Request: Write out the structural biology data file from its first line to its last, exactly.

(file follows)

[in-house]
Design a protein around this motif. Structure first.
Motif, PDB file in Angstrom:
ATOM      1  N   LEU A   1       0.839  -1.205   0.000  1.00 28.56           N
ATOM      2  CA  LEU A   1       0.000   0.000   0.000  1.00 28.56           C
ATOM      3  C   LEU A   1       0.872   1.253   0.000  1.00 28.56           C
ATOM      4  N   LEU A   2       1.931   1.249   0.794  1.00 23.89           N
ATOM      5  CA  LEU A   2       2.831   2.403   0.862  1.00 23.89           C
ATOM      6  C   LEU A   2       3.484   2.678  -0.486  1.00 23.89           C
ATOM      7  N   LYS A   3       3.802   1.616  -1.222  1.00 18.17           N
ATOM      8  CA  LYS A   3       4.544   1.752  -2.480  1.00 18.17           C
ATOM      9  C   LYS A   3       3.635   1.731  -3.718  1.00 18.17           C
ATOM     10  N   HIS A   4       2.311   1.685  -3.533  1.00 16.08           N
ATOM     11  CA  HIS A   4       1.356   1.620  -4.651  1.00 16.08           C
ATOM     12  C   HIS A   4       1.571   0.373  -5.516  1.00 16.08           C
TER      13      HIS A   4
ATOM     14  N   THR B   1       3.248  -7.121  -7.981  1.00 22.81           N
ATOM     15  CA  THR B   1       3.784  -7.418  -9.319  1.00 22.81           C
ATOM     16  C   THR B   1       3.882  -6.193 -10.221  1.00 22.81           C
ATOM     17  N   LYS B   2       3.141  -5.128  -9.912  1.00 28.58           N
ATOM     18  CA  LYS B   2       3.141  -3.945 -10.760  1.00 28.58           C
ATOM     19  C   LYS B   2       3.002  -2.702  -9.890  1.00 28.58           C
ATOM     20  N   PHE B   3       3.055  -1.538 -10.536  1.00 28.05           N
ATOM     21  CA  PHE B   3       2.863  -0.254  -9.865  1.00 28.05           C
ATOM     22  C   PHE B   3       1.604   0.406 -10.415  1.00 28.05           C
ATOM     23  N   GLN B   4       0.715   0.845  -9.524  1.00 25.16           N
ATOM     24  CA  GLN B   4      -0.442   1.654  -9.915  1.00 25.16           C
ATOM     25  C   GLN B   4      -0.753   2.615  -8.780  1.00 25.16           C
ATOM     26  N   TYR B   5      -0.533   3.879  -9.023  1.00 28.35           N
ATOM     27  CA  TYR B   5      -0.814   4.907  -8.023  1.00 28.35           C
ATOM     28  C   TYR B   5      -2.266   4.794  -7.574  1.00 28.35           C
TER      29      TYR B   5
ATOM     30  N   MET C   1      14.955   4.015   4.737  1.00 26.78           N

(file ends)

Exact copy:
[in-house]
Design a protein around this motif. Structure first.
Motif, PDB file in Angstrom:
ATOM      1  N   LEU A   1       0.839  -1.205   0.000  1.00 28.56           N
ATOM      2  CA  LEU A   1       0.000   0.000   0.000  1.00 28.56           C
ATOM      3  C   LEU A   1       0.872   1.253   0.000  1.00 28.56           C
ATOM      4  N   LEU A   2       1.931   1.249   0.794  1.00 23.89           N
ATOM      5  CA  LEU A   2       2.831   2.403   0.862  1.00 23.89           C
ATOM      6  C   LEU A   2       3.484   2.678  -0.486  1.00 23.89           C
ATOM      7  N   LYS A   3       3.802   1.616  -1.222  1.00 18.17           N
ATOM      8  CA  LYS A   3       4.544   1.752  -2.480  1.00 18.17           C
ATOM      9  C   LYS A   3       3.635   1.731  -3.718  1.00 18.17           C
ATOM     10  N   HIS A   4       2.311   1.685  -3.533  1.00 16.08           N
ATOM     11  CA  HIS A   4       1.356   1.620  -4.651  1.00 16.08           C
ATOM     12  C   HIS A   4       1.571   0.373  -5.516  1.00 16.08           C
TER      13      HIS A   4
ATOM     14  N   THR B   1       3.248  -7.121  -7.981  1.00 22.81           N
ATOM     15  CA  THR B   1       3.784  -7.418  -9.319  1.00 22.81           C
ATOM     16  C   THR B   1       3.882  -6.193 -10.221  1.00 22.81           C
ATOM     17  N   LYS B   2       3.141  -5.128  -9.912  1.00 28.58           N
ATOM     18  CA  LYS B   2       3.141  -3.945 -10.760  1.00 28.58           C
ATOM     19  C   LYS B   2       3.002  -2.702  -9.890  1.00 28.58           C
ATOM     20  N   PHE B   3       3.055  -1.538 -10.536  1.00 28.05           N
ATOM     21  CA  PHE B   3       2.863  -0.254  -9.865  1.00 28.05           C
ATOM     22  C   PHE B   3       1.604   0.406 -10.415  1.00 28.05           C
ATOM     23  N   GLN B   4       0.715   0.845  -9.524  1.00 25.16           N
ATOM     24  CA  GLN B   4      -0.442   1.654  -9.915  1.00 25.16           C
ATOM     25  C   GLN B   4      -0.753   2.615  -8.780  1.00 25.16           C
ATOM     26  N   TYR B   5      -0.533   3.879  -9.023  1.00 28.35           N
ATOM     27  CA  TYR B   5      -0.814   4.907  -8.023  1.00 28.35           C
ATOM     28  C   TYR B   5      -2.266   4.794  -7.574  1.00 28.35           C
TER      29      TYR B   5
ATOM     30  N   MET C   1      14.955   4.015   4.737  1.00 26.78           N